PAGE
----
On paper at least, it seems Andy Murray's preparations for Wimbledon have not been ideal.
You never want to lose in the first round of Queen's, especially when you are the top seed and defending champion, and he would have liked a few more matches on grass.
But I don't think that will have any impact whatsoever on his performance at the All England Club.
I've been in both scenarios - reaching the Queen's final and losing in the first round - and neither had a bearing on how well I did at SW19.
Wimbledon is such a unique event. It's his home Grand Slam and the biggest and best tournament in the world, and even if Murray hadn't played for a month, I still think he'd do very well there.
Far more important is making sure he's 100% fit and healthy and completely clear of his back issues.
When you appreciate he'll probably need to beat two out of Novak Djokovic, Rafael Nadal and Roger Federer to win the title, that's incredibly difficult at the best of times. So if he's not 100% healthy, it's virtually impossible.
As long as he's fit and healthy come Monday, though, I'd be excited about his chances.
Nadal and Djokovic are the favourites, with Federer a very close third and Murray a little bit behind.
Murray has separated himself from the chasing pack by at least reaching the semi-finals at five of the last six majors. He's also won Masters 1000 events but even so, I wouldn't put him in the same group as the top three.
Equally, I wouldn't make any judgements on his clay-court season because he wasn't 100% healthy and, don't forget, at the Australian Open he was as close to the top three as he's ever been.
If we're having this conversation after the US Open and he's had some poor results, then I would say perhaps the gap to the top three has grown. But from now on - with Wimbledon and the Olympics followed by the US Open - he'll be knocking on the door again.
On the court, I want to see Murray finding the right balance between being proactive and reactive. It's vital he dictates with his first serve, keeps that percentage high, plays aggressively and attacks second serves - particularly as I think he's the best returner in tennis.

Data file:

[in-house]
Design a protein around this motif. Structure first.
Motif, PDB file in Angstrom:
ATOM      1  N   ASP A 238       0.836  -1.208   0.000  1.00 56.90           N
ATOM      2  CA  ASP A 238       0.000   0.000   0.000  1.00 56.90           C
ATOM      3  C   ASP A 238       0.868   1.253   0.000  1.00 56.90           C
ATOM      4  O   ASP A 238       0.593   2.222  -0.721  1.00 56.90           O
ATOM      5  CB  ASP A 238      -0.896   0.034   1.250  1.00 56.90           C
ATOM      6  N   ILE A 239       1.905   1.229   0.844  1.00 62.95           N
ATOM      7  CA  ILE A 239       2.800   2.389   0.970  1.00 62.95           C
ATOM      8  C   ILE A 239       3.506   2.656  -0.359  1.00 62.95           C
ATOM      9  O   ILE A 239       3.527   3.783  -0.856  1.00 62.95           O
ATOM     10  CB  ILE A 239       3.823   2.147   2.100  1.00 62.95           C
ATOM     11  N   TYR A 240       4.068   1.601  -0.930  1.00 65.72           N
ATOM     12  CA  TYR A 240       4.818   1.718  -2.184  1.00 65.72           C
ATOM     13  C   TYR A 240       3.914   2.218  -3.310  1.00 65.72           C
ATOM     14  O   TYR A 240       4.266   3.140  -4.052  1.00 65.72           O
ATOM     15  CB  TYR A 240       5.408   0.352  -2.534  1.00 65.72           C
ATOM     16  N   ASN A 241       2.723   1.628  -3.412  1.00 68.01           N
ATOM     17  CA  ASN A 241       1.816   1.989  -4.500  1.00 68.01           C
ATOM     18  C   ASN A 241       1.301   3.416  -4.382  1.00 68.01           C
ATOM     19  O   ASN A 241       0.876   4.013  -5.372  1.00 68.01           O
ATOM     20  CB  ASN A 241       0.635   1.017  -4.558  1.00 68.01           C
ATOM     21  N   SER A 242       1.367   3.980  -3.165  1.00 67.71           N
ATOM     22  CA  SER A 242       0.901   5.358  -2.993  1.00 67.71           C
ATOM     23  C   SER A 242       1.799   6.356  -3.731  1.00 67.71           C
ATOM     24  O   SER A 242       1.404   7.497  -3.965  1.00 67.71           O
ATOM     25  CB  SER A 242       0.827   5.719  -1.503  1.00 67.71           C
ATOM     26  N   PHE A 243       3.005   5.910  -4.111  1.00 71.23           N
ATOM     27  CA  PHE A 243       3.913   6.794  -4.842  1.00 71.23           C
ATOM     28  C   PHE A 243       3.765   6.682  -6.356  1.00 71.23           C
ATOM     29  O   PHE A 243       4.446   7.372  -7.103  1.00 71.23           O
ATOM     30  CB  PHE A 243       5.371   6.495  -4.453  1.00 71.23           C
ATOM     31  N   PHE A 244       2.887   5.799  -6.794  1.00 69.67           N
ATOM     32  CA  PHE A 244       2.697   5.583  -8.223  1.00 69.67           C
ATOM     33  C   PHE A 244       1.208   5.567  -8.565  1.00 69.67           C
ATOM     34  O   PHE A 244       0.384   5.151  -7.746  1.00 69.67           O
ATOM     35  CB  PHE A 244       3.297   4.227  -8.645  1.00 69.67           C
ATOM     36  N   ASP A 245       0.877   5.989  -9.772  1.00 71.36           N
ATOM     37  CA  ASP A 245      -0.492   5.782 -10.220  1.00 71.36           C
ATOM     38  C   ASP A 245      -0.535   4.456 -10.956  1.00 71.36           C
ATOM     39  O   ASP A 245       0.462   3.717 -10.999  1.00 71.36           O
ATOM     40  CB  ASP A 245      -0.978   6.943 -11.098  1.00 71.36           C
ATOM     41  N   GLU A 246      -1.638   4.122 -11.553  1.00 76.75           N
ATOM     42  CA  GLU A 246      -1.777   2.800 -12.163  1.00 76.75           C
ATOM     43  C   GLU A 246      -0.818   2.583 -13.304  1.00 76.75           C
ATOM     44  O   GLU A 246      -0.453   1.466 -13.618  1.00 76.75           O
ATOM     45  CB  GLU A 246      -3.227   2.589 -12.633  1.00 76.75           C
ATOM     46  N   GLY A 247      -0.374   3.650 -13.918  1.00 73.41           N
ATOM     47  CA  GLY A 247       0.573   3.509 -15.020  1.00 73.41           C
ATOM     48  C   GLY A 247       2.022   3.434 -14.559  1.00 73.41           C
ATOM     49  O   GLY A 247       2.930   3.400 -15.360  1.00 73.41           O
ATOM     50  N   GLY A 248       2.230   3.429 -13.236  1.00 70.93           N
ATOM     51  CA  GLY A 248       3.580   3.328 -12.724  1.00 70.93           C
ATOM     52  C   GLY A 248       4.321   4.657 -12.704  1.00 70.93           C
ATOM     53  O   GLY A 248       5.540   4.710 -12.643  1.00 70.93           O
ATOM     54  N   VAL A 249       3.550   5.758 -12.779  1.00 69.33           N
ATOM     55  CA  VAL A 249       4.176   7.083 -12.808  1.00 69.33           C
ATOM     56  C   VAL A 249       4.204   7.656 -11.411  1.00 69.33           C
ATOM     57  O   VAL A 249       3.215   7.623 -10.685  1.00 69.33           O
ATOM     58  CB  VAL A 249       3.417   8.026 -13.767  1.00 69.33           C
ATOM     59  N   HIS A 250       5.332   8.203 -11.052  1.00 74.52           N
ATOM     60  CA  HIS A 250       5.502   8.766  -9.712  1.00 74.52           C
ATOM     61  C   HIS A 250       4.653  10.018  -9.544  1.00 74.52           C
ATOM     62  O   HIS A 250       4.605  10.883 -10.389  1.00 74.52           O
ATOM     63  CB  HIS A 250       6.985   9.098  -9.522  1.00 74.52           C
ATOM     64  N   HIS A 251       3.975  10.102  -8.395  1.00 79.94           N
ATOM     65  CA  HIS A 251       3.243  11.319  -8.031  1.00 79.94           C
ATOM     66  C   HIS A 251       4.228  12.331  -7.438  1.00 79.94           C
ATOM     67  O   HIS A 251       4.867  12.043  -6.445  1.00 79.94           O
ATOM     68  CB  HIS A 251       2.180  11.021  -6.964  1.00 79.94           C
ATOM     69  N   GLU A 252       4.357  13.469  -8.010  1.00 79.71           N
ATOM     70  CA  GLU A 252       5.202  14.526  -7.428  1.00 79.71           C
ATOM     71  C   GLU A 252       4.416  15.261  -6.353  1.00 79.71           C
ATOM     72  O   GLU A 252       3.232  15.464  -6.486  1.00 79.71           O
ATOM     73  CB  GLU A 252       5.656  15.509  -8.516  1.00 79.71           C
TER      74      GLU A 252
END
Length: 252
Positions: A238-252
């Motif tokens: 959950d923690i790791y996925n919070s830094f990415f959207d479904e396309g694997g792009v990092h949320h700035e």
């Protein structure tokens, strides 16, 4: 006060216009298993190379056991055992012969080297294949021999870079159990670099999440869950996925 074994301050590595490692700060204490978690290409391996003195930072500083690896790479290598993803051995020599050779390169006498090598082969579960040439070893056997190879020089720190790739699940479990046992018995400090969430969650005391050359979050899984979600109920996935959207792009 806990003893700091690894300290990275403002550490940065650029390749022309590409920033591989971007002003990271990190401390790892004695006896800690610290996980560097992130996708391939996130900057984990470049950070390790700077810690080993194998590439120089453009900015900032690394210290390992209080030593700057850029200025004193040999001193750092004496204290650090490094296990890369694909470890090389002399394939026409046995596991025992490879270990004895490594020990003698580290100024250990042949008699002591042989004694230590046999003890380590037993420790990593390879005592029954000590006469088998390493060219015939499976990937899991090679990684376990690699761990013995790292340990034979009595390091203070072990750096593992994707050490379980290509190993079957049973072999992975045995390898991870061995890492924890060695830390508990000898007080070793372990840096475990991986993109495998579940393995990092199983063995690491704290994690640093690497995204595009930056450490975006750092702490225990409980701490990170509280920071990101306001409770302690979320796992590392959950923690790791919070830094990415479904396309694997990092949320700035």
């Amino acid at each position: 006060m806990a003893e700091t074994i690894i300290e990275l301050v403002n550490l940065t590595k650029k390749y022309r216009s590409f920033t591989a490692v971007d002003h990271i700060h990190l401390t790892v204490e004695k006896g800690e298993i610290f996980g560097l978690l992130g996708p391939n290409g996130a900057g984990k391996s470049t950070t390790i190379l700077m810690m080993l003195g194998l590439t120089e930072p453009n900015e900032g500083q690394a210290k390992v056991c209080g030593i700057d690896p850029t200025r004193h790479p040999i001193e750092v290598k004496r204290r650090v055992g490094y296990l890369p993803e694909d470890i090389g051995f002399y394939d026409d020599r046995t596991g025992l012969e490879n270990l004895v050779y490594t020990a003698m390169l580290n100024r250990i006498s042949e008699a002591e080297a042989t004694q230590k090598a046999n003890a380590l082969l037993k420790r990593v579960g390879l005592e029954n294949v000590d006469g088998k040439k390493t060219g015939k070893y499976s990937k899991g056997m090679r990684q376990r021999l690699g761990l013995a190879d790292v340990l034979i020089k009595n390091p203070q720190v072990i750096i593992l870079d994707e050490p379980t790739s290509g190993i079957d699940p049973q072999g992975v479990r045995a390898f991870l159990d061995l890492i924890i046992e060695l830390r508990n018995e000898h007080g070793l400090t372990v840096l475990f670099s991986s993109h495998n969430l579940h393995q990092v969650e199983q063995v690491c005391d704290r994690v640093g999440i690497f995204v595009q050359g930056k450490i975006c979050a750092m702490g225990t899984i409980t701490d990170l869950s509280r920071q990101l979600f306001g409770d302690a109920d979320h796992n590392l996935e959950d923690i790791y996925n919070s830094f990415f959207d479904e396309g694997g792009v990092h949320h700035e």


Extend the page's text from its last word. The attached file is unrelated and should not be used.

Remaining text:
His biggest challenge is dealing with adversity. When he's playing well, he can beat anyone. But when he isn't, can he really knuckle down, hold his temperament together and avoid the dialogue with his team?
He did that fantastically well in Australia. He's been working with Ivan Lendl for a good period of time now and hopefully we'll see the rewards of that at Wimbledon.
It's a fortnight I enjoyed more with each passing year. When you're in the middle of that goldfish bowl you tend to pay less and less attention to what everyone else thinks because you just want to do a good job controlling the things you can control.
Right now, that's his pre-tournament preparation and, moving forward, it's his performance. If you do that, you'll find everything else takes care of itself.
It's so good to be playing at the All England Club, sleeping in your own bed with such familiar surroundings. This is Murray's seventh Wimbledon and he'll be fine.
For very different reasons, it's also a good opportunity for the other British players who, given their rankings, are expected to lose every match.
Aside from Murray, Anne Keothavong and Elena Baltacha are the only players in the main draw by right. The others have got to really grasp the opportunity and play with freedom. They've got nothing to lose.
It's a huge event and if they can win a couple of matches, the impact it can have on their careers is just enormous. They should be really excited about their chances - as should Andy Murray.